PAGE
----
Leaks come in many flavors. But we can chart two broad categories. In one falls leaks rooted in individual motivations of conscience, cattiness or revenge, dogged reporting or long-standing relationships between sources and reporters. In another are those leaks best termed 'official', in which the government itself decides to put out a story, but does so through leaks rather than officially. The latter variety is fraught with danger.

The New York Times is one of an extraordinarily small number of news outlets (probably fewer than you have fingers on one hand) that get those calls. And with respect to my friends at the Times, you routinely find articles in the paper that began with just that sort of unique and privileged acccess -- and in far too many cases, ended there. We seem now to be moving quickly toward the consensus opinion that Judy Miller was the proverbial bad apple. But the WMD fiasco isn't the only mess the Times has found itself in in the last decade. And I think this broader institutional problem for elite news outlets -- being the recipients for 'official' leaks -- deserves more attention.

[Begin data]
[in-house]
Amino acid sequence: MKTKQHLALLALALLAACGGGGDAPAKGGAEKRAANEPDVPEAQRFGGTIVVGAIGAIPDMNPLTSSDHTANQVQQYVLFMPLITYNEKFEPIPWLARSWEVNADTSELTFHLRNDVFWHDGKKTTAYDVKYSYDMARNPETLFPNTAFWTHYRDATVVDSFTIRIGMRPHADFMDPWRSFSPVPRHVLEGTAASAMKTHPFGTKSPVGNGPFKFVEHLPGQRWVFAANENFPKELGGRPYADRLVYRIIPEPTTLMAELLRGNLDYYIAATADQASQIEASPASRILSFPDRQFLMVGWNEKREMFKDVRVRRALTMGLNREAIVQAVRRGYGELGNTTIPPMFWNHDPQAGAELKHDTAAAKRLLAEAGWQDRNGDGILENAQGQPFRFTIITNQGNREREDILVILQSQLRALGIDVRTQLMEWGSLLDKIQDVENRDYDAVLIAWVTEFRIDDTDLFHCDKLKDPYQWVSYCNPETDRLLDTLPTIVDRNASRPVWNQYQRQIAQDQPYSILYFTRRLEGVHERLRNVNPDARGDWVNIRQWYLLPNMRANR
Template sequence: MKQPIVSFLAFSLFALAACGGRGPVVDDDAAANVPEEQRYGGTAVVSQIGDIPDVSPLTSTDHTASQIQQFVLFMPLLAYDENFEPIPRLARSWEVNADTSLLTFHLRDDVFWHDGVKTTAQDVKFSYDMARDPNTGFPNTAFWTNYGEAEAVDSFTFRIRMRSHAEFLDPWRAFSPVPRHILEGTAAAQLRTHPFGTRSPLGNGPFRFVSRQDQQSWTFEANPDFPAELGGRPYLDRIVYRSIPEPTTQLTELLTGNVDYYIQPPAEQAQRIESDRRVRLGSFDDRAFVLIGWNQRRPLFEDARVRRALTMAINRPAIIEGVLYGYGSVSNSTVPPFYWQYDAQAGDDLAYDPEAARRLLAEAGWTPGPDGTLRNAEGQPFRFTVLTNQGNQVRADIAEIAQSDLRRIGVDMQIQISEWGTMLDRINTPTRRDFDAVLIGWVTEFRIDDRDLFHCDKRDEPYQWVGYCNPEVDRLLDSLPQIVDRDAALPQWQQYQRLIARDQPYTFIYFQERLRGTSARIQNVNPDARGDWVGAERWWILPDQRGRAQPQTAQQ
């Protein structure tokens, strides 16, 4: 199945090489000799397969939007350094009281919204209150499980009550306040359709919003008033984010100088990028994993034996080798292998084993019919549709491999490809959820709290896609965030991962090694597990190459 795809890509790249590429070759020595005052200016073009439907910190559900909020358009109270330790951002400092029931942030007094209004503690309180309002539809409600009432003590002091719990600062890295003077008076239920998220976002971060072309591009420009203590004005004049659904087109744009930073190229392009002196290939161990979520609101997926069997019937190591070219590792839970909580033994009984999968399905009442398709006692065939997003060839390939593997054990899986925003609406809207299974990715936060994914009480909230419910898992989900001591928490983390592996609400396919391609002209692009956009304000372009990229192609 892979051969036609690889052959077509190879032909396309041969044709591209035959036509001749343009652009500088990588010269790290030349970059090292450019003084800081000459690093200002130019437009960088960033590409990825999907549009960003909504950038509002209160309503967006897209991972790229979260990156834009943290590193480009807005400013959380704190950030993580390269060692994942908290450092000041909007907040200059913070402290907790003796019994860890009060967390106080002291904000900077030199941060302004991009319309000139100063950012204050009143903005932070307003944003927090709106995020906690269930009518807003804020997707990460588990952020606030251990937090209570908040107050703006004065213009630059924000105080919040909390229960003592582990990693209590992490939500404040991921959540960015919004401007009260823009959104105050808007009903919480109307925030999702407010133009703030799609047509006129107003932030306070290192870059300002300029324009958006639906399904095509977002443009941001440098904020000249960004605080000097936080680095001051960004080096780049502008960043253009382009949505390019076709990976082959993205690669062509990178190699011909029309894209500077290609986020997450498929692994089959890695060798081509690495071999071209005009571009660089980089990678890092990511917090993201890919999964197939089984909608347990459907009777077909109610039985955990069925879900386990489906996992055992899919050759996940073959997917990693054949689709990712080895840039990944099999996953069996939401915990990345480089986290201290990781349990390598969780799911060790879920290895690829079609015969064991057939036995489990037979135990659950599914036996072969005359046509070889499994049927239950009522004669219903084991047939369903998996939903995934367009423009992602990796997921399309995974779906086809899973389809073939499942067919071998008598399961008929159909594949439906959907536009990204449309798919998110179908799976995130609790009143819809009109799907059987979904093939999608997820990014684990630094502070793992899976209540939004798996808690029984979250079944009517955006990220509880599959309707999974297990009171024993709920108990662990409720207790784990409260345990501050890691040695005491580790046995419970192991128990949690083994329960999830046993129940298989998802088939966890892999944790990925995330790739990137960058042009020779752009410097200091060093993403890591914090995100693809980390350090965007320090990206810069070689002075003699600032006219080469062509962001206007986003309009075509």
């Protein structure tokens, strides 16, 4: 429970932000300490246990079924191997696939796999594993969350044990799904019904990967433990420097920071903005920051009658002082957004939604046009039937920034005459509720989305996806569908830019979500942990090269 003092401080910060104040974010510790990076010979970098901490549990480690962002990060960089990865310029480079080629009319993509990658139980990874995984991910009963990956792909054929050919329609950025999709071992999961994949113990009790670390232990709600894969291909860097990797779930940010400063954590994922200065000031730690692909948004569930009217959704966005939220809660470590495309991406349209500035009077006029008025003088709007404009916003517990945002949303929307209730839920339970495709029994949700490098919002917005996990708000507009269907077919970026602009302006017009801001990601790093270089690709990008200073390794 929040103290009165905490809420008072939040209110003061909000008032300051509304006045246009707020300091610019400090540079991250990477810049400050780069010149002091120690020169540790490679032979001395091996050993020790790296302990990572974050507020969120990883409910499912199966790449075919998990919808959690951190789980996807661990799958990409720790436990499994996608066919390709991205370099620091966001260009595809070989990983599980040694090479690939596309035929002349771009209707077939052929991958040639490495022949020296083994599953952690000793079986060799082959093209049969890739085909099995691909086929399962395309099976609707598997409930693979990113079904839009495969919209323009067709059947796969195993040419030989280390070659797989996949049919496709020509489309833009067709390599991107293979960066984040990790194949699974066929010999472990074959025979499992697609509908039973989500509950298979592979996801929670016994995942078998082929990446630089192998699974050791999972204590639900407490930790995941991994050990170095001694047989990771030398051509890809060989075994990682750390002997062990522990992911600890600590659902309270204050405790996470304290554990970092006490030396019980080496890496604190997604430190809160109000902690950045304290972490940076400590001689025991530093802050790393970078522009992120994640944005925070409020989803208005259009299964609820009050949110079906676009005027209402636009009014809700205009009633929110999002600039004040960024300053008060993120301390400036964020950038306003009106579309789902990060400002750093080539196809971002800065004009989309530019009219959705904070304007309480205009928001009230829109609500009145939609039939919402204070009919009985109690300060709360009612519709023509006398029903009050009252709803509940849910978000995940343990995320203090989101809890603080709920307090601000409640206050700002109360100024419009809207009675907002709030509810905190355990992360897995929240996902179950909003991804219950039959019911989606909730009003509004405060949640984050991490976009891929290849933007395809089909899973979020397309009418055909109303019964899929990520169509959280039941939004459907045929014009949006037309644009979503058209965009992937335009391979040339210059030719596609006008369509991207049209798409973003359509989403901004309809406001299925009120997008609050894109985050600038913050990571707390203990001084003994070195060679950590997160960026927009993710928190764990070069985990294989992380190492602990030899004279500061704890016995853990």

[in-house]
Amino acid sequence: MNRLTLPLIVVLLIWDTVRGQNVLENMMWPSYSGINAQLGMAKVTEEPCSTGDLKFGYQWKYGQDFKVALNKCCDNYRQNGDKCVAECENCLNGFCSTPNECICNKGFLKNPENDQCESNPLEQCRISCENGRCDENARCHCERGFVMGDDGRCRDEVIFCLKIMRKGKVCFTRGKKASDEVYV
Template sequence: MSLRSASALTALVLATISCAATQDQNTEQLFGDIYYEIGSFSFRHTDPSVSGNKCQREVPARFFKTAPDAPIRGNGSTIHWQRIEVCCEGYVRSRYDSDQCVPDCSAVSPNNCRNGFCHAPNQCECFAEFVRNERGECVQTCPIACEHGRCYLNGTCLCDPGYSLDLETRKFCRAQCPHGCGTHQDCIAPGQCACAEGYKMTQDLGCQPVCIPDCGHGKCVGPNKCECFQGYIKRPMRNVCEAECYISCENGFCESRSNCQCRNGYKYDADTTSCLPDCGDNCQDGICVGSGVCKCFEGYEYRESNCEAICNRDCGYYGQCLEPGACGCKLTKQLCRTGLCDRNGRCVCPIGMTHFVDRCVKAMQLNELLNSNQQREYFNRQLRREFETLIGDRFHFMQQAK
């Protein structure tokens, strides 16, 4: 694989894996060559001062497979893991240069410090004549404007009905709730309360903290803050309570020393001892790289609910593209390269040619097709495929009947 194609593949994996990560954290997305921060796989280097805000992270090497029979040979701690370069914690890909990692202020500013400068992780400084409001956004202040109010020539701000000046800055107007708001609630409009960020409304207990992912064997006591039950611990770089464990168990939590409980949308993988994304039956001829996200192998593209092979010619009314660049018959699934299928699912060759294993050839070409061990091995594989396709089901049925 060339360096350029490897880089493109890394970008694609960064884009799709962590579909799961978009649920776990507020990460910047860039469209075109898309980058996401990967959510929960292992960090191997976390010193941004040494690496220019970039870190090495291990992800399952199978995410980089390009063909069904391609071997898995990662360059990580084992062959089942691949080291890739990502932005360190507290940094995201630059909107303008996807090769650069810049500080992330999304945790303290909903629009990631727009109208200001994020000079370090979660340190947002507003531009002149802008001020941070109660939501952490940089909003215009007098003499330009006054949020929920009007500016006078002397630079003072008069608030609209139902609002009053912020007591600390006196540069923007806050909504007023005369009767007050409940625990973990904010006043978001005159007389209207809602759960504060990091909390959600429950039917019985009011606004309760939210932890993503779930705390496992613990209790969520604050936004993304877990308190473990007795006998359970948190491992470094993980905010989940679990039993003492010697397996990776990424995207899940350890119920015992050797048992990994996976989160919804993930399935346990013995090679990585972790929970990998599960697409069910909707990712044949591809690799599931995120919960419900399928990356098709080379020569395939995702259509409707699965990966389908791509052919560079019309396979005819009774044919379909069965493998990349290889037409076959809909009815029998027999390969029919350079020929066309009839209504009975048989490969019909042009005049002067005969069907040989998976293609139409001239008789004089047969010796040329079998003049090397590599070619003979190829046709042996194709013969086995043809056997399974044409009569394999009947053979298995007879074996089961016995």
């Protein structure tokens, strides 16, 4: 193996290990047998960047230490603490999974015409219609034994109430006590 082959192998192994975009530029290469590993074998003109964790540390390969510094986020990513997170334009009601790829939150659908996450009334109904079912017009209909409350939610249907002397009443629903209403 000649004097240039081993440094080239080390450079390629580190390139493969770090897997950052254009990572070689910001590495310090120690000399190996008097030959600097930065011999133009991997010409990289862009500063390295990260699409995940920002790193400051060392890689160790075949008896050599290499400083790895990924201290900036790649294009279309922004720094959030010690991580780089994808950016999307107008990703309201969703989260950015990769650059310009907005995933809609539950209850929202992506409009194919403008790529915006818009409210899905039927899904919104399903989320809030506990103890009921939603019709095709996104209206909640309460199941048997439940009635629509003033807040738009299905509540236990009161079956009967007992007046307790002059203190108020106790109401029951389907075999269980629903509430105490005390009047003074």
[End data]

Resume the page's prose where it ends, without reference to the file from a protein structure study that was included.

While to some degree Judy's assertion that whatever prominent government officials are saying is almost by definition "news" it's much less the case of those government officials are allowed the cloak of anonymity. There's an implicit contract between reader and journalist that the journalist has in fact verified the information that anonymous government officials are telling them, even more so than if they're named. Oddly, "according to anonymous officials" tends to give more weight to readers than "according to head lickspittle Ken Mehlman," in part because of the assumption that journalists wouldn't take the extra step of granting anonymity unless it were true.